I should not have let Salar come anywhere near us, he reflected grimly, even under the pretext of observing our ancient mourning ceremonies. Nindorith had warned him, but he had been determined to honor Nherenor with the full rites, thus proving what he had long suspected: that of the two of them, Nindorith was by far the wiser.
“At least when it comes to Salar.”
“So you are here,” Ilkerineth replied.
“Even you should be wary, my Prince, given it was Salar who pointed the Lady toward this place. Whatever it may have been when Amaliannarath came here, it is largely unprotected now.”
“Do you suspect treachery, despite Sun’s current litany of cooperation?” Ilkerineth let dryness tinge his mindspeech. They both knew that Aranraith’s envoy, Arcolin, had actively undone their work toward alliance with Emer—and contingent hope of cutting off the Derai’s trade with Haarth—as soon as Nindorith withdrew following Nherenor’s death. They also suspected Aranraith’s agents in northern Emer of killing their own operative there, the shapechanger known as Malisande. Her death had appeared to be the work of native assassins, but could well have been engineered by Sun adepts seeking to replicate her infiltration of the Emerian Oakward.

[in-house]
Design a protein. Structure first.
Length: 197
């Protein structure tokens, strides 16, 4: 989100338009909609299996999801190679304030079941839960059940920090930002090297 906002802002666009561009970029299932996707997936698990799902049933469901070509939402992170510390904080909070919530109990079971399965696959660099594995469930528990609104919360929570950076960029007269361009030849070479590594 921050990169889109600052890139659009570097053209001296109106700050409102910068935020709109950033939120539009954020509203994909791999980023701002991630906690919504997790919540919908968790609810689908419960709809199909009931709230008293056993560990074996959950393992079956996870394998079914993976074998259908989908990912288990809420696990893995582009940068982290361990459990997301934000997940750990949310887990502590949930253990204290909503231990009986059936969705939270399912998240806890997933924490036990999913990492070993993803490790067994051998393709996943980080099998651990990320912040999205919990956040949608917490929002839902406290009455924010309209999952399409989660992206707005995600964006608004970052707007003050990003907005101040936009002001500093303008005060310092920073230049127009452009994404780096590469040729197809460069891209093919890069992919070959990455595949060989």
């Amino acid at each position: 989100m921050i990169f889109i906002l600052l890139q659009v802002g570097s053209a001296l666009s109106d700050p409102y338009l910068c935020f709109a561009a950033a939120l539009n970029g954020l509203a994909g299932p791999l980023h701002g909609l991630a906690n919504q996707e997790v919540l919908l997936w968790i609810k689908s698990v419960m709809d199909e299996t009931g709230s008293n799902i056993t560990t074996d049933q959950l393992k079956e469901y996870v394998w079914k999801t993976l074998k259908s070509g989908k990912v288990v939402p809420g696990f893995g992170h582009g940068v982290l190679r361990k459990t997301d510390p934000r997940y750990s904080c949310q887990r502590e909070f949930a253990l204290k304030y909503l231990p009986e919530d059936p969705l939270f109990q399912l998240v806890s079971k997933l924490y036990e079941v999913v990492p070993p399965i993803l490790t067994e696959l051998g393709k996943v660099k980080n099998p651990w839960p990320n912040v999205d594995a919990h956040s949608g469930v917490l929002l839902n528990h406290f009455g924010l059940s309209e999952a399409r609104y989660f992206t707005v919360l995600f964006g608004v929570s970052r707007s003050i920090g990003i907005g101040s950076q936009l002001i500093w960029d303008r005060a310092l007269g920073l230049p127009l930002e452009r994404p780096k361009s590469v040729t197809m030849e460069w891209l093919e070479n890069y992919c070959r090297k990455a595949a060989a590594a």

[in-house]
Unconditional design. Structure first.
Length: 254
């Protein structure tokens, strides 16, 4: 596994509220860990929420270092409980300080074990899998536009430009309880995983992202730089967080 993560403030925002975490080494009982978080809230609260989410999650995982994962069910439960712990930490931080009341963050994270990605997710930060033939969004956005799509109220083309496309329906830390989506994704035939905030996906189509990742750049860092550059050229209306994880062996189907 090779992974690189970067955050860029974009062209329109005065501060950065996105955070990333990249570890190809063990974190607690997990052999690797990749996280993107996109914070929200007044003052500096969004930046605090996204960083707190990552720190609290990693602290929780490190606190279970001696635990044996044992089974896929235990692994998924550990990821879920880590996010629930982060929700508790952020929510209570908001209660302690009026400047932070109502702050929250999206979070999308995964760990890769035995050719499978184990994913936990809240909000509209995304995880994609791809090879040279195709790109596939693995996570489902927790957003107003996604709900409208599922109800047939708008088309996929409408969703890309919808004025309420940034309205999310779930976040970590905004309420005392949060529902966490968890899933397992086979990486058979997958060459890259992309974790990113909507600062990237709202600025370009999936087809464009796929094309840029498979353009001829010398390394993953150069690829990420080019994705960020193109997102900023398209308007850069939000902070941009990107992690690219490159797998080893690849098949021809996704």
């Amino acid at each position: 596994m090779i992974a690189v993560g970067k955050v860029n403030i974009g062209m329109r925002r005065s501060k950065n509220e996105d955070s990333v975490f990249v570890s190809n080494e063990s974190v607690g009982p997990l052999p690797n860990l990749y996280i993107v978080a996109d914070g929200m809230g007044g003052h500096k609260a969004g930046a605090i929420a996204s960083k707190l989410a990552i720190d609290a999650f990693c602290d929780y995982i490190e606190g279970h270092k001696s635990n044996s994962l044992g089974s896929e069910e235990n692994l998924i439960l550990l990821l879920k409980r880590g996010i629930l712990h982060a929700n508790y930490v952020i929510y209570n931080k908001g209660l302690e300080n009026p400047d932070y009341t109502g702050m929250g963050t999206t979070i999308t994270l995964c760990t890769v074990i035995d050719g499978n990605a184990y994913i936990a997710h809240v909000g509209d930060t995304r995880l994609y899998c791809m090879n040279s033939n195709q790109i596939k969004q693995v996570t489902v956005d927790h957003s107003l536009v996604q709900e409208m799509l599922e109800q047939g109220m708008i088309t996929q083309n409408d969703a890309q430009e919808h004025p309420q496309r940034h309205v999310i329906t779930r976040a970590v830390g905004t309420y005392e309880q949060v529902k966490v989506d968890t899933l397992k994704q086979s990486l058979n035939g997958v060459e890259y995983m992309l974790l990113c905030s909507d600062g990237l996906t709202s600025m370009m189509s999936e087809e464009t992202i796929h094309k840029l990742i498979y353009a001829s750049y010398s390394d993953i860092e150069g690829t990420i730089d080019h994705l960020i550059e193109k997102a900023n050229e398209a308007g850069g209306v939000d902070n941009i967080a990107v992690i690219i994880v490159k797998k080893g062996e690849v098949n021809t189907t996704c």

A flicker of Nindorith’s power, also banked down, acknowledged the dryness. “Still, Aranraith could be right in the short term. Setting this world alight with local wars may serve our ends just as well as alliances.”
“It’s too often the short term, with Aranraith.” Ilkerineth frowned. “But he would only move against me if he felt sure you and Lightning would then come over to him.”
“I would rather follow Amaliannarath’s path than join Aranraith.” Nindorith’s reply was a pulse of muted thunder, but Ilkerineth felt his regard shift to the black-clad figure at the edge of the pool. “Far better for all of us, if you stay alive.”
“I’ll do my best.” The breeze eddied as Nindorith withdrew, although Ilkerineth guessed that he would not have gone far.